(b) a second field effect transistor having a source conductively connected to said second terminal of said power source, a drain conductively connected to said source of said first field effect transistor, and a gate capacitively connected to said second terminal of said power source and conductively connected to drain of said first field effect transistor; and
(c) a third transistor biased to conduct between said second terminal of said power source and said gate of said first field effect transistor in response to a voltage at said source of said first field effect transistor.
4. The apparatus of claim 3 wherein said third transistor comprises a bipolar transistor having an emitter conductively connected to said second terminal of said power source, a collector conductively connected to said gate of said first field effect transistor and a base conductively connected to said emitter of said first field effect transistor.
5. The apparatus of claim 3 wherein a voltage between said second terminal of said power source and said gate of said third transistor is limited by a resistor.
6. A power conditioner for use in combination with a DC voltage converter having a first terminal and a second terminal, said first terminal connected to a first wire of a two wire bus carrying an imposed AC signal, said power conditioner comprising:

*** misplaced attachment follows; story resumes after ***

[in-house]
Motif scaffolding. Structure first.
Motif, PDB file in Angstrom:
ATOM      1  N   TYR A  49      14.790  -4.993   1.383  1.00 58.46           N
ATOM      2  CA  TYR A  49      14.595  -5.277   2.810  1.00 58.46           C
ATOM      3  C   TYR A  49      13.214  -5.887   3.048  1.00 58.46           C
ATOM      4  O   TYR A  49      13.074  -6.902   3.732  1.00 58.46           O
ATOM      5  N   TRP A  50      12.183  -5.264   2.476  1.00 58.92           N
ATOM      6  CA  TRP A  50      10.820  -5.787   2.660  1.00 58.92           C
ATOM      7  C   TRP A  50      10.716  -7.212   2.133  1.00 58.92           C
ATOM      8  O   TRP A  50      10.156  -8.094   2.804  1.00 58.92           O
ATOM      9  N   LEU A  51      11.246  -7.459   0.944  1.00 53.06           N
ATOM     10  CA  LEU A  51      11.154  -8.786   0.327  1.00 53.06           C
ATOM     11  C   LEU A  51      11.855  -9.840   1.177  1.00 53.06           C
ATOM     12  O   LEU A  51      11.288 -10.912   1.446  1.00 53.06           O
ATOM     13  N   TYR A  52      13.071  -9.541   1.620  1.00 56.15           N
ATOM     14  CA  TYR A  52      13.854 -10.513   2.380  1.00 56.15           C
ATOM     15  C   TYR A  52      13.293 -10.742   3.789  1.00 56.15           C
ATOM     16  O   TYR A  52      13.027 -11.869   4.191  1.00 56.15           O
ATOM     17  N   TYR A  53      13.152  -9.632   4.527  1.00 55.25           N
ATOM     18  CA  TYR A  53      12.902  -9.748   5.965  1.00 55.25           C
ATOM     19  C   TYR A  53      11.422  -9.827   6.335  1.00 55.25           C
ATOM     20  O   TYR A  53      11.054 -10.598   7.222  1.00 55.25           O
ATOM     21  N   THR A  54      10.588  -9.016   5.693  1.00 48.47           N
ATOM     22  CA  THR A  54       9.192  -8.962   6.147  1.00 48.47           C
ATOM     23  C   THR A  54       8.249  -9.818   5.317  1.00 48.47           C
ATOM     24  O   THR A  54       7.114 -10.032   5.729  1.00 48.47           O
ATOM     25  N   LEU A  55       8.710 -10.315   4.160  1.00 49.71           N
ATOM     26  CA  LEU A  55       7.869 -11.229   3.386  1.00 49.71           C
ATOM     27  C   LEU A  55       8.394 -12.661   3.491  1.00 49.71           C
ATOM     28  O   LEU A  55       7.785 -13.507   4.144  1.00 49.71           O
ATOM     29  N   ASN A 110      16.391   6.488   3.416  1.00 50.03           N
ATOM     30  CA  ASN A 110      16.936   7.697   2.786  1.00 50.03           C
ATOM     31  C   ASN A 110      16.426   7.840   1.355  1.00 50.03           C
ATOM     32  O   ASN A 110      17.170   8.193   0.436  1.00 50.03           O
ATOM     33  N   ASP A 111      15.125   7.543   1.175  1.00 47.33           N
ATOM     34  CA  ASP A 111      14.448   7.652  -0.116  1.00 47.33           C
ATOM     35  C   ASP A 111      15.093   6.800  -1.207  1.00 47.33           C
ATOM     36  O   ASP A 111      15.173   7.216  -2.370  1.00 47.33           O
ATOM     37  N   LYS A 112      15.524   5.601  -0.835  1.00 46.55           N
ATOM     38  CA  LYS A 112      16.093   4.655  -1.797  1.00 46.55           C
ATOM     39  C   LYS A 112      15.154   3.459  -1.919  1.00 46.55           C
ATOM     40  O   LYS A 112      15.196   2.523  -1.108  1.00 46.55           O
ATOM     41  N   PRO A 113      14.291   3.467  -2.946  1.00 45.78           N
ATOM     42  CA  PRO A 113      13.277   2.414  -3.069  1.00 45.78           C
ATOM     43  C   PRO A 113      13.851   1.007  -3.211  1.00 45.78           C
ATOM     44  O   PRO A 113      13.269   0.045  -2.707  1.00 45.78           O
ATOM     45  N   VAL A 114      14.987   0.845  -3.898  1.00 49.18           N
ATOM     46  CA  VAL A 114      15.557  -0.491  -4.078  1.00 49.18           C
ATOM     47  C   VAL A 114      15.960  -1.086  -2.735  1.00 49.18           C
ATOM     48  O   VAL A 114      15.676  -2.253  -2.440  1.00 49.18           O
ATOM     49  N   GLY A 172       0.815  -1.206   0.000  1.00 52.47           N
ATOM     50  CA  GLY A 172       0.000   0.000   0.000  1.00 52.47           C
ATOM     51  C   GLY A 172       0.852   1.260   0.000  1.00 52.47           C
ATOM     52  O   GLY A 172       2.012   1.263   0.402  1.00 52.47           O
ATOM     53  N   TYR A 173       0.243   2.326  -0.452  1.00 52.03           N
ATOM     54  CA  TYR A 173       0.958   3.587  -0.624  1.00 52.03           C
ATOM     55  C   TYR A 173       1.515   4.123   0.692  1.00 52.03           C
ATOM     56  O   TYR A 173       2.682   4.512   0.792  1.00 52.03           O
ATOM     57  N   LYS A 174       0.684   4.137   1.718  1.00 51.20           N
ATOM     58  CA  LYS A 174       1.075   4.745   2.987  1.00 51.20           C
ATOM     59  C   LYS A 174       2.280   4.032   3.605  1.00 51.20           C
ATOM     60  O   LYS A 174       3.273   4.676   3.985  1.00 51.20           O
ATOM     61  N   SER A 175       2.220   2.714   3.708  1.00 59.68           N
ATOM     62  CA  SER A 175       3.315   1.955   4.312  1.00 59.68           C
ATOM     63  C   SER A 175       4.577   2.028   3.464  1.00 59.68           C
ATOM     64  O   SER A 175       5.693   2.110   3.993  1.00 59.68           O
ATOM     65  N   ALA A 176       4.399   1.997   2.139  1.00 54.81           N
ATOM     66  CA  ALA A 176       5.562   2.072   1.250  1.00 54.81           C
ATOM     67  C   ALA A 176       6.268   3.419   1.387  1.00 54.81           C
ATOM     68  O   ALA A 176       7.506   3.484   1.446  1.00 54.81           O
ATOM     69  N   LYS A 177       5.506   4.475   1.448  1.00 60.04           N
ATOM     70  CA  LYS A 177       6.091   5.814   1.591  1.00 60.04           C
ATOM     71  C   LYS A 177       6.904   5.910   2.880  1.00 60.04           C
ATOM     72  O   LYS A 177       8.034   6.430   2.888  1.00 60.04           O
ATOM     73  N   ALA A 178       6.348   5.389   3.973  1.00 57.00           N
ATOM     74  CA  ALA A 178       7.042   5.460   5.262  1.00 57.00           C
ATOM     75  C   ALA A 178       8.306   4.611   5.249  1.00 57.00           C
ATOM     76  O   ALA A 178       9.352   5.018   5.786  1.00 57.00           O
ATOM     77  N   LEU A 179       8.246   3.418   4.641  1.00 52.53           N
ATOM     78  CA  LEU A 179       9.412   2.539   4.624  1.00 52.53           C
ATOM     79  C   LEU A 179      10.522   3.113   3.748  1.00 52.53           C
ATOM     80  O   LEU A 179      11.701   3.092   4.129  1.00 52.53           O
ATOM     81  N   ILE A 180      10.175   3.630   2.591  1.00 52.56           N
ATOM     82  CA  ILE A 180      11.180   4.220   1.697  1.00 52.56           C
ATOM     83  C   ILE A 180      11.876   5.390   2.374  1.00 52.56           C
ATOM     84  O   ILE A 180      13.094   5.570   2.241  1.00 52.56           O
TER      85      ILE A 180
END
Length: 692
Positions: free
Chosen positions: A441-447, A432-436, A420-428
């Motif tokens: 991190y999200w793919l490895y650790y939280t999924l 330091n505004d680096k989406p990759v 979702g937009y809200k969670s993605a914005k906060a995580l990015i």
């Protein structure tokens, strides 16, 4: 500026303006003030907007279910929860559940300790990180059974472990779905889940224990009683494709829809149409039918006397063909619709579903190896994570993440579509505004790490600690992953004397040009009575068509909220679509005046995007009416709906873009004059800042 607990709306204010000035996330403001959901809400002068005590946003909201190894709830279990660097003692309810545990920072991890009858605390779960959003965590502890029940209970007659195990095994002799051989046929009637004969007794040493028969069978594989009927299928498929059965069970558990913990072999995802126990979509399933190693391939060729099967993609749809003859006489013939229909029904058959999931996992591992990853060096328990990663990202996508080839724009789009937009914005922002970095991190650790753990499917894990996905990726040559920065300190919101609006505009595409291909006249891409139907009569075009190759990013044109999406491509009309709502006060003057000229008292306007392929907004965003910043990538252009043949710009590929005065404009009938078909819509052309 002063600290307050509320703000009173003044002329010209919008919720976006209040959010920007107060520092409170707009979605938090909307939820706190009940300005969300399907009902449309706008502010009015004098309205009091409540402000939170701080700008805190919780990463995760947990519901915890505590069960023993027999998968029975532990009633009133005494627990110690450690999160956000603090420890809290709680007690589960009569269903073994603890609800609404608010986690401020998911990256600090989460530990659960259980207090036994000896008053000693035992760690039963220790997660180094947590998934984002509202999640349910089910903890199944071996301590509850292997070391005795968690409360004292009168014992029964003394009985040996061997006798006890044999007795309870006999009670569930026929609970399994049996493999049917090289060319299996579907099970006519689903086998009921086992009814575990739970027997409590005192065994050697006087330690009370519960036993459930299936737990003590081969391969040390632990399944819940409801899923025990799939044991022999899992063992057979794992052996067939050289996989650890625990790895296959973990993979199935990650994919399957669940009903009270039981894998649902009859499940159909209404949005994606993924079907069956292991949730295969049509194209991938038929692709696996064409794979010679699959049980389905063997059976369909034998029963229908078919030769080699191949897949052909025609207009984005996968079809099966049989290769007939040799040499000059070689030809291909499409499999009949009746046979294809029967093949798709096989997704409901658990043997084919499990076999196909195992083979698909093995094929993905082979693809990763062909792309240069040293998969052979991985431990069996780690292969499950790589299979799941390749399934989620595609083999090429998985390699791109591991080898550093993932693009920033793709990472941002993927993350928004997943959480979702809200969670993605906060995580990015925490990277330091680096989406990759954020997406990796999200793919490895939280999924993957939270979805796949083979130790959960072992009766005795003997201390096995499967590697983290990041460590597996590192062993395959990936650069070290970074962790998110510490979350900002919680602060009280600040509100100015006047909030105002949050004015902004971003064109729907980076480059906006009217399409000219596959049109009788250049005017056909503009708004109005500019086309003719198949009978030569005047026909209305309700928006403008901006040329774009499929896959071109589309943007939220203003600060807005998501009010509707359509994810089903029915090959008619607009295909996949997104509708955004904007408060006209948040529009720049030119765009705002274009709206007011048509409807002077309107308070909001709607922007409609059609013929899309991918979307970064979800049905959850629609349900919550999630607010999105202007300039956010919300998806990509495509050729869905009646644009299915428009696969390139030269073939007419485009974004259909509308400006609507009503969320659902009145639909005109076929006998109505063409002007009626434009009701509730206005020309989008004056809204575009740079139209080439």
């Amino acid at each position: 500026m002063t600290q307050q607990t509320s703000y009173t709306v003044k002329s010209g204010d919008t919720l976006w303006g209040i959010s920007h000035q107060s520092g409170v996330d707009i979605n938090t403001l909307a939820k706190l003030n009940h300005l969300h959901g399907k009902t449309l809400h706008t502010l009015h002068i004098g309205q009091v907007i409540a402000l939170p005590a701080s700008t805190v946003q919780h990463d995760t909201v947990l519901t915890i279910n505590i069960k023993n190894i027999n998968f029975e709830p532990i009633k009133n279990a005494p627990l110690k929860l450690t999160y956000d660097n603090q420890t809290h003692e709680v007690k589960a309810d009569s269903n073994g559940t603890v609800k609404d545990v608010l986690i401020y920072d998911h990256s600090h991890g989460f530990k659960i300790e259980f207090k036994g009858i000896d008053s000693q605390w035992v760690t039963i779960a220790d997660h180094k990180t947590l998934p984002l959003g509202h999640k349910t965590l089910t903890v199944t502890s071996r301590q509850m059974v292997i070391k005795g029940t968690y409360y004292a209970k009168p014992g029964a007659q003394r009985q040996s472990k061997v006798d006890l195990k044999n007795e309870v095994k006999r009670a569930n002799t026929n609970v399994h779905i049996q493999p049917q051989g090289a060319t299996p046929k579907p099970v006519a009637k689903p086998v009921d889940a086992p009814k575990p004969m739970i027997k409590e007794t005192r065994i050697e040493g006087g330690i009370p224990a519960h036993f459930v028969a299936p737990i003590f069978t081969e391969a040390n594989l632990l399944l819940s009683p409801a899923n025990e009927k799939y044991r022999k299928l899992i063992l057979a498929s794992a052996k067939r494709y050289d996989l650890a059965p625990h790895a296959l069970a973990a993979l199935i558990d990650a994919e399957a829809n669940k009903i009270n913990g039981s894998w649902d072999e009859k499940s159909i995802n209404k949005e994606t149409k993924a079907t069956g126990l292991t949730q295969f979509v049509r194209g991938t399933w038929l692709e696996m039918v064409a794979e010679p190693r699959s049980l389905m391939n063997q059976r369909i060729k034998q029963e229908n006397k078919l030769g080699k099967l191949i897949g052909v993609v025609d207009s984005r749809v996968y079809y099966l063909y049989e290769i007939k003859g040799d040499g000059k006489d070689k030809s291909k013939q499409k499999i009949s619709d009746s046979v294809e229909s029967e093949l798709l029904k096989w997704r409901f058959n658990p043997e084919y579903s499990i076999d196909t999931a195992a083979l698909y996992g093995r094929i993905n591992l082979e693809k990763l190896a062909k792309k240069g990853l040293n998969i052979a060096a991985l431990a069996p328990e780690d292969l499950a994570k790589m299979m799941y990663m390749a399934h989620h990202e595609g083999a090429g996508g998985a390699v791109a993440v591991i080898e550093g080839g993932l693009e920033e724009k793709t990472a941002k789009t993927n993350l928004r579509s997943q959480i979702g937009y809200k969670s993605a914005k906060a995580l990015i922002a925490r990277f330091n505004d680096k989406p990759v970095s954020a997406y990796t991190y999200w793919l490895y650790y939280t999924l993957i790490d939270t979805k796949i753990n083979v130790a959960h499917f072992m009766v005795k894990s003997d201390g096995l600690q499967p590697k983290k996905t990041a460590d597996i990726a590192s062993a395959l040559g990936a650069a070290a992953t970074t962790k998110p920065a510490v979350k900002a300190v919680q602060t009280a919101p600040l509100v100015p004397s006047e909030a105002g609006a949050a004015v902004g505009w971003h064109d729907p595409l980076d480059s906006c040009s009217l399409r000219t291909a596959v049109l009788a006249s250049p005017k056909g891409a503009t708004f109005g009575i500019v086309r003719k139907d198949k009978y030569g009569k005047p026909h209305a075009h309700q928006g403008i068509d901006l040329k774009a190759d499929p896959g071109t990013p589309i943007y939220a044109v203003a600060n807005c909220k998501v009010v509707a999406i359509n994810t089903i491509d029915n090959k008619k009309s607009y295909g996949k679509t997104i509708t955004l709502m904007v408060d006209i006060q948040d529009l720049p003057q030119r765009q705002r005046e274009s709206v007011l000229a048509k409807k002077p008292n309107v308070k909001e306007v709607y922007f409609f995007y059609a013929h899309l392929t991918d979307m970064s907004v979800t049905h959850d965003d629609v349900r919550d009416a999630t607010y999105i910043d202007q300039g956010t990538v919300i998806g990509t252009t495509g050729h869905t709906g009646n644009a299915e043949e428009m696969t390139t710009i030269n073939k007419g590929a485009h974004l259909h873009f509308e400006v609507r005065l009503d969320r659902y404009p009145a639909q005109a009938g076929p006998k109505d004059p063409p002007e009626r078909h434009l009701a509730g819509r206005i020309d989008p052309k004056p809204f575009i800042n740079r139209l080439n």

(a) a first transistor having an emitter, a collector connected to a second wire of said two wire bus, and a base conductively connected to said first terminal of said voltage converter;
(b) a field effect transistor having a source conductively connected to said second terminal of said voltage converter, a drain conductively connected to said emitter of said first field effect transistor, and a gate capacitively connected to said second terminal of said voltage converter and conductively connected to said collector of said first transistor; and
(c) a third transistor biased to conduct between said second terminal of said voltage converter and said base of said first transistor in response to a voltage at said emitter of said first transistor.
7. The apparatus of claim 6 wherein said third transistor comprises a bipolar transistor having an emitter conductively connected to said second terminal of said voltage converter, a collector conductively connected to said base of said first transistor and a base conductively connected to said emitter of said first transistor.
8. A power conditioner for use in combination with a DC voltage converter having a first terminal and a second terminal, said first terminal connected to a first wire of a two wire bus carrying an imposed AC signal, said power conditioner comprising:
(a) a first field effect transistor having a source, a drain connected to a second wire of said two wire bus, and a gate conductively connected to said first terminal of said voltage converter;
(b) a second field effect transistor having a source conductively connected to said second terminal of said voltage converter, a drain conductively connected to said source of said first field effect transistor, and a gate capacitively connected to said second terminal of said voltage converter and conductively connected to drain of said first field effect transistor; and